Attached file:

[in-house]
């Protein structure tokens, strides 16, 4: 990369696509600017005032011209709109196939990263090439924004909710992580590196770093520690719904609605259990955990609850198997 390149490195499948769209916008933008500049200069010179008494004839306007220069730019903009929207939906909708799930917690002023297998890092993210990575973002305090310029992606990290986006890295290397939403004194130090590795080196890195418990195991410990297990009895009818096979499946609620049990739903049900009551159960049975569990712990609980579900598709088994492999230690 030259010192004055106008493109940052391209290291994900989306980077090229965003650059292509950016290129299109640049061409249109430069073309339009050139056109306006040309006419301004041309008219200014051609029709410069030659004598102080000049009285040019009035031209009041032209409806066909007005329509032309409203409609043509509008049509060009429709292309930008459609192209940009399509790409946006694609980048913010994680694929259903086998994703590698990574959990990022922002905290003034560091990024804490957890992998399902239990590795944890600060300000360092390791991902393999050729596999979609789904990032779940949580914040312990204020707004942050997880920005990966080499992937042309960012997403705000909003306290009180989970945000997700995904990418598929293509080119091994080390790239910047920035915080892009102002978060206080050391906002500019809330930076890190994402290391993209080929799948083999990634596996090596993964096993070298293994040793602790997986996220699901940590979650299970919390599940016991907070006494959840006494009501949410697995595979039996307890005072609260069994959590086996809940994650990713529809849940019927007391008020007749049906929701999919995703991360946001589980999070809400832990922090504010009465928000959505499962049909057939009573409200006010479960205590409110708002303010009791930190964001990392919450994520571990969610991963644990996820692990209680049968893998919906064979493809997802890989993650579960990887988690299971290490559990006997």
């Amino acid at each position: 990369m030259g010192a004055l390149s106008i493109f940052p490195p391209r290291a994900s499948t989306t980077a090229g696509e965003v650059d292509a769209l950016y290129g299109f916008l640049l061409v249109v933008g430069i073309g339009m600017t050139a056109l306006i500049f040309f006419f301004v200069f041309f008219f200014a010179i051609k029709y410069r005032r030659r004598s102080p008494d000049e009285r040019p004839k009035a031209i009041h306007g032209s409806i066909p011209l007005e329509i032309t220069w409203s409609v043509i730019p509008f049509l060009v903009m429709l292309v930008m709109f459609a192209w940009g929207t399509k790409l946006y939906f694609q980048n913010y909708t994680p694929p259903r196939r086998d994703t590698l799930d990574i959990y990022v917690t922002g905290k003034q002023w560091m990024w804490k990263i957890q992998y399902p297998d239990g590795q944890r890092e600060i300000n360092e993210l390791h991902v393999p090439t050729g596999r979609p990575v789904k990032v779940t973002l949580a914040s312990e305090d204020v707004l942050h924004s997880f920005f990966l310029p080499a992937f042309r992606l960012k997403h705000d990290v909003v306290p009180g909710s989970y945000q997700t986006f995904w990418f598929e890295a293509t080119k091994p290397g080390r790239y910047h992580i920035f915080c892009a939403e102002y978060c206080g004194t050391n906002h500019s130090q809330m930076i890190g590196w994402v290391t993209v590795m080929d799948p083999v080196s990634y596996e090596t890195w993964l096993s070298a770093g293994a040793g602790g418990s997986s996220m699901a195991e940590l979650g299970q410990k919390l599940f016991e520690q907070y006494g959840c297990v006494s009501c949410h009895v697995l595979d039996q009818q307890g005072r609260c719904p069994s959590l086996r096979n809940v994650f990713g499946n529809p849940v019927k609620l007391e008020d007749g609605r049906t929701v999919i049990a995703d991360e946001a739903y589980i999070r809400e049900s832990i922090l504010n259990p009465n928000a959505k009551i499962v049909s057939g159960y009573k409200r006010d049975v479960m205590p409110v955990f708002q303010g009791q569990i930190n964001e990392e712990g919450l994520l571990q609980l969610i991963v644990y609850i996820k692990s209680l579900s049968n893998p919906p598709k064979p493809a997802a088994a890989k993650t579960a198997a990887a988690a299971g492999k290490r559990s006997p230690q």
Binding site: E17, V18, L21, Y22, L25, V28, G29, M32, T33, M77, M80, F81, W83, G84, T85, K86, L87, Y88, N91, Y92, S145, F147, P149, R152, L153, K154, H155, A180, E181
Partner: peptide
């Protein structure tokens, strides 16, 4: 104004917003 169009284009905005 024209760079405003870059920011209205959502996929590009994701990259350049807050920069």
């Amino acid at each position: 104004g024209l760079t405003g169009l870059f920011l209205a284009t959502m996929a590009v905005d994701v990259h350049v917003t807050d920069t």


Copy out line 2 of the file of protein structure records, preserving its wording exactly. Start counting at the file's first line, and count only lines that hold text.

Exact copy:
């Protein structure tokens, strides 16, 4: 990369696509600017005032011209709109196939990263090439924004909710992580590196770093520690719904609605259990955990609850198997 390149490195499948769209916008933008500049200069010179008494004839306007220069730019903009929207939906909708799930917690002023297998890092993210990575973002305090310029992606990290986006890295290397939403004194130090590795080196890195418990195991410990297990009895009818096979499946609620049990739903049900009551159960049975569990712990609980579900598709088994492999230690 030259010192004055106008493109940052391209290291994900989306980077090229965003650059292509950016290129299109640049061409249109430069073309339009050139056109306006040309006419301004041309008219200014051609029709410069030659004598102080000049009285040019009035031209009041032209409806066909007005329509032309409203409609043509509008049509060009429709292309930008459609192209940009399509790409946006694609980048913010994680694929259903086998994703590698990574959990990022922002905290003034560091990024804490957890992998399902239990590795944890600060300000360092390791991902393999050729596999979609789904990032779940949580914040312990204020707004942050997880920005990966080499992937042309960012997403705000909003306290009180989970945000997700995904990418598929293509080119091994080390790239910047920035915080892009102002978060206080050391906002500019809330930076890190994402290391993209080929799948083999990634596996090596993964096993070298293994040793602790997986996220699901940590979650299970919390599940016991907070006494959840006494009501949410697995595979039996307890005072609260069994959590086996809940994650990713529809849940019927007391008020007749049906929701999919995703991360946001589980999070809400832990922090504010009465928000959505499962049909057939009573409200006010479960205590409110708002303010009791930190964001990392919450994520571990969610991963644990996820692990209680049968893998919906064979493809997802890989993650579960990887988690299971290490559990006997």